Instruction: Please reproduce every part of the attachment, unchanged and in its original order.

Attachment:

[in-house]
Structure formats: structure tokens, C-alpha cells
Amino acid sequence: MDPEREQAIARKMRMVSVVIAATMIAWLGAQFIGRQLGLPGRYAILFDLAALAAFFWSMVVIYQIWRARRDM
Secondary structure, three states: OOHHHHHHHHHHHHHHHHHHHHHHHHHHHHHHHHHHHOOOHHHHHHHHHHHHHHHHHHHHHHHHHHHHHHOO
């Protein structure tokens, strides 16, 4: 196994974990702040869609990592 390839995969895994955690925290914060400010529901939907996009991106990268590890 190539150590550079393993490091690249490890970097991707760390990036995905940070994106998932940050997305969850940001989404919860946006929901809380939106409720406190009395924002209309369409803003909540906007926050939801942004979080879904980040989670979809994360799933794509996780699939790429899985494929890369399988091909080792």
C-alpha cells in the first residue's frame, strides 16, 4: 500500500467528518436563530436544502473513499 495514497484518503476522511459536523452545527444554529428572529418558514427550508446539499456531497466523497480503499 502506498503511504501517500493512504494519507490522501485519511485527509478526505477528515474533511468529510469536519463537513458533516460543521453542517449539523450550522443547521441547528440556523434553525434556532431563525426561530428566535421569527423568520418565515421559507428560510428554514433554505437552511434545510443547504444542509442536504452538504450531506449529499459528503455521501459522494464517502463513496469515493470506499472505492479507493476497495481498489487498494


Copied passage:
[in-house]
Structure formats: structure tokens, C-alpha cells
Amino acid sequence: MDPEREQAIARKMRMVSVVIAATMIAWLGAQFIGRQLGLPGRYAILFDLAALAAFFWSMVVIYQIWRARRDM
Secondary structure, three states: OOHHHHHHHHHHHHHHHHHHHHHHHHHHHHHHHHHHHOOOHHHHHHHHHHHHHHHHHHHHHHHHHHHHHHOO
């Protein structure tokens, strides 16, 4: 196994974990702040869609990592 390839995969895994955690925290914060400010529901939907996009991106990268590890 190539150590550079393993490091690249490890970097991707760390990036995905940070994106998932940050997305969850940001989404919860946006929901809380939106409720406190009395924002209309369409803003909540906007926050939801942004979080879904980040989670979809994360799933794509996780699939790429899985494929890369399988091909080792």
C-alpha cells in the first residue's frame, strides 16, 4: 500500500467528518436563530436544502473513499 495514497484518503476522511459536523452545527444554529428572529418558514427550508446539499456531497466523497480503499 502506498503511504501517500493512504494519507490522501485519511485527509478526505477528515474533511468529510469536519463537513458533516460543521453542517449539523450550522443547521441547528440556523434553525434556532431563525426561530428566535421569527423568520418565515421559507428560510428554514433554505437552511434545510443547504444542509442536504452538504450531506449529499459528503455521501459522494464517502463513496469515493470506499472505492479507493476497495481498489487498494